Kidnapped! How does DNS-Hijacking work and how can you protect yourself as a user?
Data-hungry hackers lurk everywhere. Not on every street corner, but on every website you visit. The Internet is a very unsafe place. There are numerous traps just waiting for you to fall into them. The tendency of potential hacks continues to rise sharply. So you should not rely on everything getting better in the future. DNA hijacking and other DNA attacks like DNA spoofing are a lot of fun for hackers. To understand DNS hijacking better, we first need to look at the term DNS. In this context, this does not mean deoxyribonucleic acid and our genetic information.
What does DNA mean?
Here DNS simply stands for Domain Name System. So it has something to do with domains. For example, do you know the IP addresses of sites you like to visit? Do you know the IP addresses of sites you like to visit? If DNS didn't exist, you would have to know them to get to the page you want to visit . Just enter numbers separated by dots for the estimated 20 pages we visit on average every day. That would be impractical and awkward. Most people can't even remember the phone numbers of their family members.
DNA does the work for us
DNA will do that for us. So all we have to do is type in an Internet address. The system links it to the IP address associated with it, routes it to your computer and off you go. If you know an IP address, you can also enter it directly and go to the page. This makes the whole thing easier to understand. So DNS is good and important because it makes our internet activities much easier. DNS does all the work for us and we don't even know what is happening. Of course mistakes can happen. What about DNS hijacking?
If you consider that "hijack" stands for "kidnap" in English, things become a bit clearer. But what is being kidnapped? This is a form of attack that redirects your online activities to fake websites or displays other content. Primarily it is about stealing your data. A prerequisite for this is that the DNS queries that are made when we call up a page are not directed to the desired DNS server, but to a fake server. This server is then set up to use fake IP addresses instead of connecting to the real IP addresses.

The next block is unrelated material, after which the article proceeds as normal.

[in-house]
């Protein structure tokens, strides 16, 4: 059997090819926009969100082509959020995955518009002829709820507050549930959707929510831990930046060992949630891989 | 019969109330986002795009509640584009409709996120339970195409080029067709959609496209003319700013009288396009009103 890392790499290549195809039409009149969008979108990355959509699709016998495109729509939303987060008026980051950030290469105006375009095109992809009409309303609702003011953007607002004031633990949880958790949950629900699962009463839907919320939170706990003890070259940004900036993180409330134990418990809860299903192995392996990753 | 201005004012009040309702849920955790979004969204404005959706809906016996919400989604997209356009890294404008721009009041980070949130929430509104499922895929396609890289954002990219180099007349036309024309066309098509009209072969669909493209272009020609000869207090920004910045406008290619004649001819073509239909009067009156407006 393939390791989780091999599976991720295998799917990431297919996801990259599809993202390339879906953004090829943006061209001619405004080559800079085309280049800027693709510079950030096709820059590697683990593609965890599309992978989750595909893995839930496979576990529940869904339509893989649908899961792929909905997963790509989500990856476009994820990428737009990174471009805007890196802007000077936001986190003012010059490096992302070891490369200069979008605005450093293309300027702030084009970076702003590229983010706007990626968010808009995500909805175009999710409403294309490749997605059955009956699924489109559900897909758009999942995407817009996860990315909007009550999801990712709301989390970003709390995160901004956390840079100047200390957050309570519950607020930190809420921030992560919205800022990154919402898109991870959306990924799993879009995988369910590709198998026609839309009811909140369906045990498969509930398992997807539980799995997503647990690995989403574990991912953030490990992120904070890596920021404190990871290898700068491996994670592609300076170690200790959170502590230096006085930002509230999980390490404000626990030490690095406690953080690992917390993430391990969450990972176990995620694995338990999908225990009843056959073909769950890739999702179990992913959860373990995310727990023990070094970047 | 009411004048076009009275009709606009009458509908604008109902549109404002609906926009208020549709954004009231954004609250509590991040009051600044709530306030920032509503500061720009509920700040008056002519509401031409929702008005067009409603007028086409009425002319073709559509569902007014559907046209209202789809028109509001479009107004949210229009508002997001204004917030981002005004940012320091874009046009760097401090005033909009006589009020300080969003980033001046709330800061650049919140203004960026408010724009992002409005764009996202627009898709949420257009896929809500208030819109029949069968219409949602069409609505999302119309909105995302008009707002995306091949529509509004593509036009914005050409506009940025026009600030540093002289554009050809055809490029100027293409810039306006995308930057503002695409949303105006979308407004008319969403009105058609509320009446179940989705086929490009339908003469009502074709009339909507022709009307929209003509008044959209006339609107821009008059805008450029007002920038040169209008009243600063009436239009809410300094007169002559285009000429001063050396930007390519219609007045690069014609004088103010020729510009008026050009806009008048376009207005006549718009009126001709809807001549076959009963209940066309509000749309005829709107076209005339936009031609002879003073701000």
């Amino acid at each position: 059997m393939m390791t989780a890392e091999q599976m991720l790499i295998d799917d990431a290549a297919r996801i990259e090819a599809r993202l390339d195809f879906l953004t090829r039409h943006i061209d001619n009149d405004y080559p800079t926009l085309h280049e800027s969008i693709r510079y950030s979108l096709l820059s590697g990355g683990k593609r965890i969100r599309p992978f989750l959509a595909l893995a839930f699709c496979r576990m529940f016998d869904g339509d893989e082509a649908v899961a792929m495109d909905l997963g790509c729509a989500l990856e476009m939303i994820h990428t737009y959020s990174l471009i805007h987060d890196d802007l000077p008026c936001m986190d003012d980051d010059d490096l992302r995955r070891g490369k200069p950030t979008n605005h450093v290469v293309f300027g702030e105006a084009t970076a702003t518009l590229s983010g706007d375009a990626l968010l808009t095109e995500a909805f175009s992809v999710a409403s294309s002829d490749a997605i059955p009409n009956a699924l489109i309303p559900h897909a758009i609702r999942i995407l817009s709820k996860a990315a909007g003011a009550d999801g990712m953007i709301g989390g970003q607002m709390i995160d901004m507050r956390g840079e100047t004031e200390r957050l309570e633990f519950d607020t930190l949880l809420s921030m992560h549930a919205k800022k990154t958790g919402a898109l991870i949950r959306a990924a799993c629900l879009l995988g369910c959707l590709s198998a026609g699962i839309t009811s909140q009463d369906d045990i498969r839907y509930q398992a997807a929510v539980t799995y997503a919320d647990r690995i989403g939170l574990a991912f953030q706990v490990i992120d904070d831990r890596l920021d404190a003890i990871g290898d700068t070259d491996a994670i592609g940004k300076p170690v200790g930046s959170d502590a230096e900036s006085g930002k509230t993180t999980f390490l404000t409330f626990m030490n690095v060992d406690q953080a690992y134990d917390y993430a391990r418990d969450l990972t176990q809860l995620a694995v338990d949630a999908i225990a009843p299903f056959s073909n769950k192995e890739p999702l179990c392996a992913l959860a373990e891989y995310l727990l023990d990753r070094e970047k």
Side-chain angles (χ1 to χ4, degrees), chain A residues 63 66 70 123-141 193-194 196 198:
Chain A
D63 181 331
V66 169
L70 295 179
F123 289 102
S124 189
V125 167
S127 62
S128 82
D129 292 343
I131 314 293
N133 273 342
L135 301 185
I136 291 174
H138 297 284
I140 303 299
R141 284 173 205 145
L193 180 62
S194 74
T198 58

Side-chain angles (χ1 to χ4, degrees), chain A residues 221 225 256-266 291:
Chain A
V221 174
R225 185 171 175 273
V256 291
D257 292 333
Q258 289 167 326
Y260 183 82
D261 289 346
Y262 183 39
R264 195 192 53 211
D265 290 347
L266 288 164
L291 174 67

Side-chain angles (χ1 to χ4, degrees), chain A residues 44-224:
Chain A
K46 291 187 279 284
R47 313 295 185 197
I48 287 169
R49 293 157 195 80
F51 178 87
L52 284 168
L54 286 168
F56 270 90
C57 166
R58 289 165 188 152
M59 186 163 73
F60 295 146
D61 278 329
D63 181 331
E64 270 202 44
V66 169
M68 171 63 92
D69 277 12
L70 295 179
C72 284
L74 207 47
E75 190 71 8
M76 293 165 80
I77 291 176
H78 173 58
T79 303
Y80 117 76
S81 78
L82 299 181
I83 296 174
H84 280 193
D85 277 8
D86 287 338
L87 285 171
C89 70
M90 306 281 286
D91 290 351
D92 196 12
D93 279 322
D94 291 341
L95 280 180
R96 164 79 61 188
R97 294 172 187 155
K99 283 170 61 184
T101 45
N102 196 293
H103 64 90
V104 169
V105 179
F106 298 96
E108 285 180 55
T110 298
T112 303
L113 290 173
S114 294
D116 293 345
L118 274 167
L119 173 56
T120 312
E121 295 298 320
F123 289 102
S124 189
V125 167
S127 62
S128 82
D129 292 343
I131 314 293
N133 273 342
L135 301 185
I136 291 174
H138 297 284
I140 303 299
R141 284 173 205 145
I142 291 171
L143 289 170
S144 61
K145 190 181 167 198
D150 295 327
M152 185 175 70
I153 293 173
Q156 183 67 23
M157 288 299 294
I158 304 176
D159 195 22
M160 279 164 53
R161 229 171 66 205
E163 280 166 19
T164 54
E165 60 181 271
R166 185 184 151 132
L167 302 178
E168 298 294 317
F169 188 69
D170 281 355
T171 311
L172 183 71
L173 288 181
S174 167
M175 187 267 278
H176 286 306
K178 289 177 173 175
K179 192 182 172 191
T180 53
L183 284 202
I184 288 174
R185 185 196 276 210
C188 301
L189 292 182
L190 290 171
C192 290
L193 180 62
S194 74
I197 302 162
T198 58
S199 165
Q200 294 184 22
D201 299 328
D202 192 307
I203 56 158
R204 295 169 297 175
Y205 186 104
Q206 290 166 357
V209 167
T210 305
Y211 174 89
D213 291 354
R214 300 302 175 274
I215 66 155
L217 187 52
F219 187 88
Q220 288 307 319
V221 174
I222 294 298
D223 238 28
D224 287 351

There is great danger
What could happen now? The main problem are phishing websites. They are a great danger because they steal your passwords. This can cause enormous financial and personal damage. Or it is about the simple installation of malware, which is always popular with hackers.
How can you protect yourself?
Vulnerable router. What does it do, the router? We should ask ourselves that question more often. The router is a popular target and usually unprotected. So please change the administrative password. You should also follow the tips for a secure password. But it is not Router123. The router's firmware can also be potentially dangerous. Unfortunately it is often outdated and so the necessary security updates cannot be made. It certainly doesn't hurt to check with the manufacturer. Ideally, you can also prevent hackers from changing the DNS settings on your computer to your disadvantage. You can also choose another option to protect yourself from nasty DNS attacks. With SecureDNS you can secure your whole home network against unwanted attacks. This is an antivirus program that includes DNS protection. And last but not least: VPN as protection against DNS hijacking. More and more users are resorting to anonymisation through VPN. You should consider this option. This way all your internet activities are hidden. Hackers will have a particularly hard time getting to you. DNS hijacking and the associated attack scenarios have made you a little uneasy now and you want to be sure? You can check it out for Router Checker.
No! There are other DNA attacks that have it in them. There's DNA spoofing, for example. It's poisoning your DNA cache. So the danger comes directly from the cached web content. As a user you can't do much here. The responsibility lies mainly with the DNS providers and the operators of the websites.
DNA hijacking and other DNA attacks are on the rise. Adapt your security measures to the ever-increasing dangers on the Internet. Otherwise, your data and privacy are at risk. You don't have to do all of these tips at once, but just get started. How about a VPN, for example? Protect your data!